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History of Photography

The Space Lens Mystery Screw

Published June 8, 2015

We get to do some fun things through our testing company, Olaf Optical Testing. A lot of it I can’t talk about but sometimes we get a project that we can share. One of these came up recently when Matt Leeg asked us if we were interested in testing and cleaning an Angenieux 25mm f/0.95 lens that was probably a backup lens for the NASA Ranger missions sent to the moon in the 1960s. We thought about it for between 0.1 and 0.125 seconds and said, yeah, we could probably do that.

This post won’t help your photography one little bit, nor will it help you with choosing your next lens, or even show you how to fix anything. But for me, it’s a fascinating glimpse into some history from a period I admire — at least from a technology and engineering standpoint. Today we whine about cameras only having 24 megapixels, lenses that only autofocus with 95% accuracy, WiFi access that only allows us to transmit a few hundred kilobits per second.

Suppose I handed you a few TV cameras with low resolution scanning sensors (because there were no CMOS or CCD chips back then) gave you an FM transmitter for bandwidth, and told you I needed high-resolution images of the moon? Today we’d talk about what new technology we needed and how we’re a few years away from being able to do that. Back then, they just said, “OK” and did it.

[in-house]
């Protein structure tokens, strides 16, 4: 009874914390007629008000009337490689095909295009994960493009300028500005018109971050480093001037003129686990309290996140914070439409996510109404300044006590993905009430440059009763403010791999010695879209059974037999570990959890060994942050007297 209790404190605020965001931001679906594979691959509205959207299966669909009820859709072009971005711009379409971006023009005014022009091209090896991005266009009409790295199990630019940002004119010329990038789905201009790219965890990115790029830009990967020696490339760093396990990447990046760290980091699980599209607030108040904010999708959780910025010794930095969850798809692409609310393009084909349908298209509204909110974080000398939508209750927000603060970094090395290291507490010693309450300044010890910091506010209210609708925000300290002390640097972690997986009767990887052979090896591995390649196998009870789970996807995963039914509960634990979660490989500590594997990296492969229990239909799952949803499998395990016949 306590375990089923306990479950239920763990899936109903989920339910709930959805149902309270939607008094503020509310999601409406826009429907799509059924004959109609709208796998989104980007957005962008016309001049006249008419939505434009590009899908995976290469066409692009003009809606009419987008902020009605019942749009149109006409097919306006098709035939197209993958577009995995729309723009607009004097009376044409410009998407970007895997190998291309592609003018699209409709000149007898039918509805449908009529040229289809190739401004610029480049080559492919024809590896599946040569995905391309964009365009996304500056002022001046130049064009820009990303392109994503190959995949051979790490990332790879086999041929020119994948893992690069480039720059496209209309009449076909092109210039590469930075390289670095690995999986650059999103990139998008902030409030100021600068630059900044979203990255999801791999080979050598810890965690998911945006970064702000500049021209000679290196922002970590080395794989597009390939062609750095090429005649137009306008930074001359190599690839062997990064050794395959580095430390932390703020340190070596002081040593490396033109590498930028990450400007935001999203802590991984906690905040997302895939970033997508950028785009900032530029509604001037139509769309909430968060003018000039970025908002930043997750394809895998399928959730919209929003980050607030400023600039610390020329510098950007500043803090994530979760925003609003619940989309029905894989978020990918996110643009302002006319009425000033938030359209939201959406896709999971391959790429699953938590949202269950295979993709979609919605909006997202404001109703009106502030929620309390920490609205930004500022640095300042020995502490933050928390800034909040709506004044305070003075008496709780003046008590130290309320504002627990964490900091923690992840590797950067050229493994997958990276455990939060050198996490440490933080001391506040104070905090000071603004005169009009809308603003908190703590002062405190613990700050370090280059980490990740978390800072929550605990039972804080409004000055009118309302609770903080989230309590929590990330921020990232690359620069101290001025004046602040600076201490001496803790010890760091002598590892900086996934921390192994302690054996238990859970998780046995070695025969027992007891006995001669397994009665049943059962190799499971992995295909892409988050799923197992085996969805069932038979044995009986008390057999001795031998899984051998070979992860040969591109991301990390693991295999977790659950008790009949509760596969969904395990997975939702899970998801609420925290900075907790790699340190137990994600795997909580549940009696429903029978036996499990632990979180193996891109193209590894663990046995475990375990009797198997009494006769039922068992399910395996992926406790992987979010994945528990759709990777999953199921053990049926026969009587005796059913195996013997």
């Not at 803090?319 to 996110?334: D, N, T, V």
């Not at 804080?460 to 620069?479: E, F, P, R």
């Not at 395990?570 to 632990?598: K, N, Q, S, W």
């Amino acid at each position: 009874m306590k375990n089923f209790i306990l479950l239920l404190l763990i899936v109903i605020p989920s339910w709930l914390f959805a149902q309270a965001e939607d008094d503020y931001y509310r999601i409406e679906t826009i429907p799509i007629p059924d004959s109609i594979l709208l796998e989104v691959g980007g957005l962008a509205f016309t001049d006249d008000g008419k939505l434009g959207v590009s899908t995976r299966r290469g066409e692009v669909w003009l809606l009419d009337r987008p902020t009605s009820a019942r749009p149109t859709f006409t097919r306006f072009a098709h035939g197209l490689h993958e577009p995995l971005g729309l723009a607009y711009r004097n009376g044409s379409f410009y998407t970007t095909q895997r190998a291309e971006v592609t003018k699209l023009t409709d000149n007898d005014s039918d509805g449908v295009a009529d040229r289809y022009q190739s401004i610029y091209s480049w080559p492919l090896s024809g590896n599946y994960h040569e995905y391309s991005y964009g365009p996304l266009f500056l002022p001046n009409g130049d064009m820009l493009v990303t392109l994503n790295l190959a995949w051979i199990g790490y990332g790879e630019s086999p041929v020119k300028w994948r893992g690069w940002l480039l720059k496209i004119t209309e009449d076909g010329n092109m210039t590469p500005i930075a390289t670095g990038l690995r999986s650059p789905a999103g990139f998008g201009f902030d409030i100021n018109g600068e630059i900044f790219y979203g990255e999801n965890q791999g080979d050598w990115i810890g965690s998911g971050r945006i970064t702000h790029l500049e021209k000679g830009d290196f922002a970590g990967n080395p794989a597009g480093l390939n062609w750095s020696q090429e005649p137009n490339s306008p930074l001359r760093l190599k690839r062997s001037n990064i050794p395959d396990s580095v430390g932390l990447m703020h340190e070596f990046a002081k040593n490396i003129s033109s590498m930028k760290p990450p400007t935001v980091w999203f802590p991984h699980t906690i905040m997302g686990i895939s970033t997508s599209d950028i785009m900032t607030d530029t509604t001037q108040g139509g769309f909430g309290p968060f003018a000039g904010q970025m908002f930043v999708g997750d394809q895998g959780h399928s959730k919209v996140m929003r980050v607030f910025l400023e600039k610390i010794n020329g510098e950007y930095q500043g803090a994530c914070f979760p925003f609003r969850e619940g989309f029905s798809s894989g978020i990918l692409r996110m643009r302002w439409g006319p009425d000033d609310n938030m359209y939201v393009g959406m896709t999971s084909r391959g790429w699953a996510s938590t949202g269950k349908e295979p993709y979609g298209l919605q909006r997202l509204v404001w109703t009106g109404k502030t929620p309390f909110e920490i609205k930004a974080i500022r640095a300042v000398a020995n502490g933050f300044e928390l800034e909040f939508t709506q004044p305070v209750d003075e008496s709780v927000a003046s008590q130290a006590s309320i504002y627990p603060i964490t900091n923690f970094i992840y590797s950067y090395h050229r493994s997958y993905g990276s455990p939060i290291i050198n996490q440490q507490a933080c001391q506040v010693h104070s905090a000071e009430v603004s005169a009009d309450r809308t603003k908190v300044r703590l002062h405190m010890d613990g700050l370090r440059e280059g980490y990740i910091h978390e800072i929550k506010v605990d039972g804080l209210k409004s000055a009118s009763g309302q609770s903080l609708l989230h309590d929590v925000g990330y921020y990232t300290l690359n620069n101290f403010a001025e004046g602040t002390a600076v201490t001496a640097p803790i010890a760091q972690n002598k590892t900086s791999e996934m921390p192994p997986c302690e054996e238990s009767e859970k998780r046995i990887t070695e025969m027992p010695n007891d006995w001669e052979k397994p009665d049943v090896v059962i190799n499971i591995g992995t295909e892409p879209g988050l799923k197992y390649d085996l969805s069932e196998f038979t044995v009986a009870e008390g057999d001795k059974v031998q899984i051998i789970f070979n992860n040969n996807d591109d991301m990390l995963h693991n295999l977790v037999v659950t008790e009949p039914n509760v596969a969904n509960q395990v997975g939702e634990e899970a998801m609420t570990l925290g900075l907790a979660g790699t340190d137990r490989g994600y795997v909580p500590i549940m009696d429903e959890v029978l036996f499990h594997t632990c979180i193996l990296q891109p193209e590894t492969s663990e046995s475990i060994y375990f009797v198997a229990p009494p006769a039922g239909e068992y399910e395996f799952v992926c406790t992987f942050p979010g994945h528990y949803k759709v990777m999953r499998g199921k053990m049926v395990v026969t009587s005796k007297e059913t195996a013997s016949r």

The Ranger missions were from the very early days of space flight, designed to provide high-resolution maps of the lunar surface for the later manned Apollo missions.

Image courtesy NASA: http://nssdc.gsfc.nasa.gov/planetary/lunar/ranger.html

 

There was no way to remotely send the probe to the moon and bring it back. The Ranger probes were designed to crash into the moon, taking pictures right up until the moment of impact.

The first picture of the Moon by a U.S. spacecraft, Ranger7, 31 July 1964. The large crater on the right is Alphonsus. For scale, Alphonsus is about 108 km wide. Image courtesy NASA: http://nssdc.gsfc.nasa.gov/planetary/lunar/ranger.html

 

Each Ranger spacecraft had 6 cameras that transmitted on two channels. The F (for full) system had one wide-angle and one narrow-angle camera. The P (for partial) channel had 4 cameras: two wide-angle and 2 narrow-angle. The images provided better resolution than was available from Earth based views by a factor of 1000. All 6 cameras were RCA-Vidicon slow scan TV cameras using C-mount optics. The F cameras recorded 1150 lines over 2.5 seconds, while the P cameras recorded 300 lines in 0.2 seconds.

The wide angle lenses were 25mm (25 degree field of view) and the narrow angle lenses 76mm (8.4 degree field of view). The wide-angle lenses used were Angenieux 25mm f/0.95 M1 lenses with an adapter attached to mount them to the Vidicon cameras. (1)

Interior of a Ranger probe, showing the 6 camera lenses. The ones on the bottom row are the three Angenieux 25mm lenses (2). Image source: http://www.tvbeurope.com/thales-angenieux-moon-missions-50-years/

 

Although serial number confirmation of the exact assignment of Matthew’s lens isn’t available at this time, evidence strongly suggests the lens he has (Angenieux Paris 25mm f/0.95 M; Serial Number 1040298) served as a test or backup lens in the Ranger project. How many (if any) of these lenses are still in existence isn’t known. The Angenieux Paris lens was developed in the early 1950s and was extensively used in 16mm cine cameras. They have had a recent resurgence in popularity for use with micro 4/3 cameras on adapters and have become quite difficult to find.

Pre-Disassembly Testing